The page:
Well, I am delighted to report that following my post, the European Commission, which represents the interests of the European Union, complained to the Press Complaints Commission and the complaint has now been upheld. There was a “clear failure to take appropriate care over the accuracy of the coverage and a breach of the Editor’s Code, which was particularly significant at a time when the roles of both the EU and the Convention were a matter of major public debate“.
12 June 2013 may go down in legal history. For it was the first time a national newspaper’s main headline was about the launch of a legal textbook. In a paradoxical explosion of free publicity for said book, the Daily Express reported that a new online guide to European asylum and immigration has caused “outrage” for helping “migrants claim British benefits”.
In a list of examples of past cases, it even cites Islamist cleric Abu Qatada’s successful challenge under human rights laws against Home Office attempts to send him back to Jordan to face terror charges
The letter relates specifically to Judicial Review, which is an area in which Panel counsel practise regularly. Here is a taster:
We consider that the proposals in the Consultation Paper will undermine the accountability of public bodies to the detriment of society as a whole and the vulnerable in particular. Those who are reliant on legal aid are most likely to be at the sharp end of the exercise of government power and are least likely to be able to fund judicial review for themselves, or effectively act in person.
If you couldn’t make the protest yesterday, why not listen to three speeches by leading barristers Dinah Rose QC, Michael Fordham QC (pictured*) and Geoffrey Robertson QC. Fordham’s rabble rousing avocado metaphor (yes, avocado) is particularly worth devoting five minutes to. Well done to Carl Gardner along with his up and coming sound engineer Joshua Rosenberg for recording and publishing.
With no apologies, I would like shamelessly to promote my chambers colleague Isabel McArdle and Daniel K. Sokol of 12 KBW’s splendid new pupillage guide, Pupillage Inside Out. At £14.95 it is a steal – order now here (wig not included).
Isabel is a regular contributor to UKHRB and Daniel has contributed a number of times in the past. Below are some more details, including how you can get on the guest list for the glamorous* launch party:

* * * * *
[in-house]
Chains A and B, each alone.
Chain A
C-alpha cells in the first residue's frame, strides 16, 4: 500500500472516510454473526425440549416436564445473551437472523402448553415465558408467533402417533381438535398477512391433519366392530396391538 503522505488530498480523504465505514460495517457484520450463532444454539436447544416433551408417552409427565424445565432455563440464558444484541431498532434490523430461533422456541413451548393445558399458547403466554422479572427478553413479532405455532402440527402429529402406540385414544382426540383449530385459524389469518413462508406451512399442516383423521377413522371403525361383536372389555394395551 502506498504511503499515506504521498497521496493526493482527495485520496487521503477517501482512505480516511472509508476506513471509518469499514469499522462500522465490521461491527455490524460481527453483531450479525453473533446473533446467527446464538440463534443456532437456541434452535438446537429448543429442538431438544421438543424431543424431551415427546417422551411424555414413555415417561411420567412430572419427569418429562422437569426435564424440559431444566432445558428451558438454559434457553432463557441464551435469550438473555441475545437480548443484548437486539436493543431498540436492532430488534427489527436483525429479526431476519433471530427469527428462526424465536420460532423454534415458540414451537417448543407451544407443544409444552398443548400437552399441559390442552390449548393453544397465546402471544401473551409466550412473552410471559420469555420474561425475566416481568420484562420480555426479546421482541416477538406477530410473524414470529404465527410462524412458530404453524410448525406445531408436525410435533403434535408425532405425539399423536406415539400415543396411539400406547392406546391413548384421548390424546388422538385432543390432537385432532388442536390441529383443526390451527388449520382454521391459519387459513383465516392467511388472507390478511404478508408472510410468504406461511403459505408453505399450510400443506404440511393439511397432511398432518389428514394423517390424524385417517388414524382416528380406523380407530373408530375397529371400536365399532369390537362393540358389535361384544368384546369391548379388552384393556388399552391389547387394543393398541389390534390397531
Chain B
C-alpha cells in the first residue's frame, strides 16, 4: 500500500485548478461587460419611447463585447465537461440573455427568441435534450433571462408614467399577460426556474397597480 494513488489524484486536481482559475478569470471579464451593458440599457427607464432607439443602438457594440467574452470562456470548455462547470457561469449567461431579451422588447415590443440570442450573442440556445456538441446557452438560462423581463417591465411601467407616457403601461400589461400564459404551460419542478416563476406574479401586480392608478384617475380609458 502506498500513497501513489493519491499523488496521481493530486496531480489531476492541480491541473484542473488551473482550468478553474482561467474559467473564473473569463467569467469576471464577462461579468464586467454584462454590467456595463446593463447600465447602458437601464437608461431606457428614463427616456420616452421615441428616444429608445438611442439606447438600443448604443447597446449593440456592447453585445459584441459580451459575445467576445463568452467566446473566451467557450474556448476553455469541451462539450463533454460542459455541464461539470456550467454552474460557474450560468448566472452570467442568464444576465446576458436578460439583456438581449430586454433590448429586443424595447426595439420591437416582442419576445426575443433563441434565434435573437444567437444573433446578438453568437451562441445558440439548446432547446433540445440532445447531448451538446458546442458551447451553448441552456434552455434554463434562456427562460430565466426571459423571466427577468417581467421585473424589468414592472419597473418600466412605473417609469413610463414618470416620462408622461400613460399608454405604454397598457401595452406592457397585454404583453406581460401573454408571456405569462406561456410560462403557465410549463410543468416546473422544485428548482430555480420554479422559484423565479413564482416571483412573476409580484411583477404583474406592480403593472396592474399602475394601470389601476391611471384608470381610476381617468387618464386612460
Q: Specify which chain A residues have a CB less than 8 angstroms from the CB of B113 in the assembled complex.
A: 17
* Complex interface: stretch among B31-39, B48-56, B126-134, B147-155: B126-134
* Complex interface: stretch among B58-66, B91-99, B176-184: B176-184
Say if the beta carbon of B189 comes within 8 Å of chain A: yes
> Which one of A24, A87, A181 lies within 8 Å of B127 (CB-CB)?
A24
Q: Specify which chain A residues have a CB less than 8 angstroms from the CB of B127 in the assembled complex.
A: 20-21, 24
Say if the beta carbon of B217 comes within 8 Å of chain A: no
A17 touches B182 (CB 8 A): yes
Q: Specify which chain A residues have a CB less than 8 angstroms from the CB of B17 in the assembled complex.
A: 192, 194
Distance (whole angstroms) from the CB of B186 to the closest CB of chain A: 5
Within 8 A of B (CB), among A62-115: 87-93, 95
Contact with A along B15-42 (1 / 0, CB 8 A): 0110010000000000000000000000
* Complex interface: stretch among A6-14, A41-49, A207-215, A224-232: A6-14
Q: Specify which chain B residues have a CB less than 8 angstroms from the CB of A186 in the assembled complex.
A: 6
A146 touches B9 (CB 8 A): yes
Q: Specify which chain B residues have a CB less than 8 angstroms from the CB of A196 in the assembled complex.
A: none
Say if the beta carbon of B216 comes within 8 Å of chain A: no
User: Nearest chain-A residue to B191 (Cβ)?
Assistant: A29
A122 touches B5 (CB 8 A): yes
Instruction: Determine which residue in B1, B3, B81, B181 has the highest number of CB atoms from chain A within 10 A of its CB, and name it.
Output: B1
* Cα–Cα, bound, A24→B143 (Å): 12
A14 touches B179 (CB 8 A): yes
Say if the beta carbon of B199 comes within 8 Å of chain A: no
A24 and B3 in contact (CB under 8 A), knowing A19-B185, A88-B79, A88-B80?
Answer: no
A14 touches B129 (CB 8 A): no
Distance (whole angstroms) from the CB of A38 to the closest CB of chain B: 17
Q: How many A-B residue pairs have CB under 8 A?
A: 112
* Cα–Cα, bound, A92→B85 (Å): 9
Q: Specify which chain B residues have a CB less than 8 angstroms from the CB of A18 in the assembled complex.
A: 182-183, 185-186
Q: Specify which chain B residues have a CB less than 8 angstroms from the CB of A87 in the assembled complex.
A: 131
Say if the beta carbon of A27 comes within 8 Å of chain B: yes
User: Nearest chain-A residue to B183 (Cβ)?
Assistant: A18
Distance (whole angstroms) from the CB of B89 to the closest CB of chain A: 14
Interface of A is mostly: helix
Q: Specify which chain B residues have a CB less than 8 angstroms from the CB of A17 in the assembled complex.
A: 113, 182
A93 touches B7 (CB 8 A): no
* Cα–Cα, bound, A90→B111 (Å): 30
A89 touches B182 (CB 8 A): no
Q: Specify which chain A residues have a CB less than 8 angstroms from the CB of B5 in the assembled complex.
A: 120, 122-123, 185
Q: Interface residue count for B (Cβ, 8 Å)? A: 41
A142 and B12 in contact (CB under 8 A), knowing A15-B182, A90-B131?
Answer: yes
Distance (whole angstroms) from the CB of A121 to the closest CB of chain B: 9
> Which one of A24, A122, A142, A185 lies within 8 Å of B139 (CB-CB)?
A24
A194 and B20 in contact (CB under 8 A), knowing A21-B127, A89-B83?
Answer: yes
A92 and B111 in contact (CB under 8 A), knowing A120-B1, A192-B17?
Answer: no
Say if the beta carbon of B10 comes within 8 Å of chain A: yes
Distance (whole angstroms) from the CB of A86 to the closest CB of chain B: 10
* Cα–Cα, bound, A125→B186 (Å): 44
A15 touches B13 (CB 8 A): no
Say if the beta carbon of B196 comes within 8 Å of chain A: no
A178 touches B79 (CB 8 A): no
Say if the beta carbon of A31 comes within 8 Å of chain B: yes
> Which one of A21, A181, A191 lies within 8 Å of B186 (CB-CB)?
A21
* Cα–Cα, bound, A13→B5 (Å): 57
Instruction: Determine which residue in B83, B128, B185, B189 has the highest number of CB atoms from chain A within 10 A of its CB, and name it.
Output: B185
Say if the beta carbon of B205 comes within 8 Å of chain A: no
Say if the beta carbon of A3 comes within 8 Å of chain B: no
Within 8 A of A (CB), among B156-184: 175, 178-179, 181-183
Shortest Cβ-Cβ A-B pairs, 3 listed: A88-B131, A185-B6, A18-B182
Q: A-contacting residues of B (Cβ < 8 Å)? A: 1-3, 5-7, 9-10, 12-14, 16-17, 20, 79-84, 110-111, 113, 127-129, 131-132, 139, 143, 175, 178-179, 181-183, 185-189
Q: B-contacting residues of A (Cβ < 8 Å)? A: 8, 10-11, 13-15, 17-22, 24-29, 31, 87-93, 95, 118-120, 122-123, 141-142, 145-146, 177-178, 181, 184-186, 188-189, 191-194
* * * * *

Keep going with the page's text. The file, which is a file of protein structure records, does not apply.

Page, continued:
Mousa & Ors, R (on the application of) v Secretary of State for Defence  EWHC 1412 (Admin) (24 May 2013) – Read judgment
Remember the Iraq War? Following the 2003 invasion Britain remained in control of Basra, a city in South Eastern Iraq, until withdrawal over six years later on 30 April 2009. 179 British troops died during that period. But despite there over four years having passed since withdrawal, the fallout from the war and occupation is still being resolved by the UK Government and courts.
Thousands of Iraqis died in the hostilities or were detained by the British. Thanks to two decisions of the European Court of Human Rights in July 2011 (Al-Skeini and Al-Jedda – our coverage here), the state’s duty under the Human Rights Act to investigate deaths and extreme mistreatment applied in Iraq at that time. It is fascinating to see how the UK authorities have been unravelling the extent of that duty. The Baha Mousa Public Inquiry has reported and the Al-Sweady Public Inquiry is ongoing (I acted in the former and still do in the latter). In this major judgment, which may yet be appealed, the High Court has ruled the manner in which the UK Government is investigating deaths and perhaps mistreatment is insufficient to satisfy its investigative duty.
The Guide is aimed at non-lawyers, is attractively presented and looks very useful indeed. From the BIHR launch site:
This Mental Health Awareness week, BIHR is pleased to launch Mental Health Advocacy and Human Rights: Your Guide, our latest practical resource to help respect and protect the human rights of people with mental health problems. This guide has been produced with Mind Brighton and Hove, Wish and NSUN, three of the partner organisations involved in our Human Rights in Healthcare project.
Aimed at both advocates and people who use services, this handy guide explains how the Human Rights Act can be used in mental health settings to secure better treatment and care for people. It draws on real life stories of how laws and legal cases can be used in everyday advocacy practice, providing helpful flow-charts, worked through examples and top tips.
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This blog is maintained for information purposes only. It is not intended to be a source of legal advice and must not be relied upon as such. Blog posts reflect the views and opinions of their individual authors, not of chambers as a whole.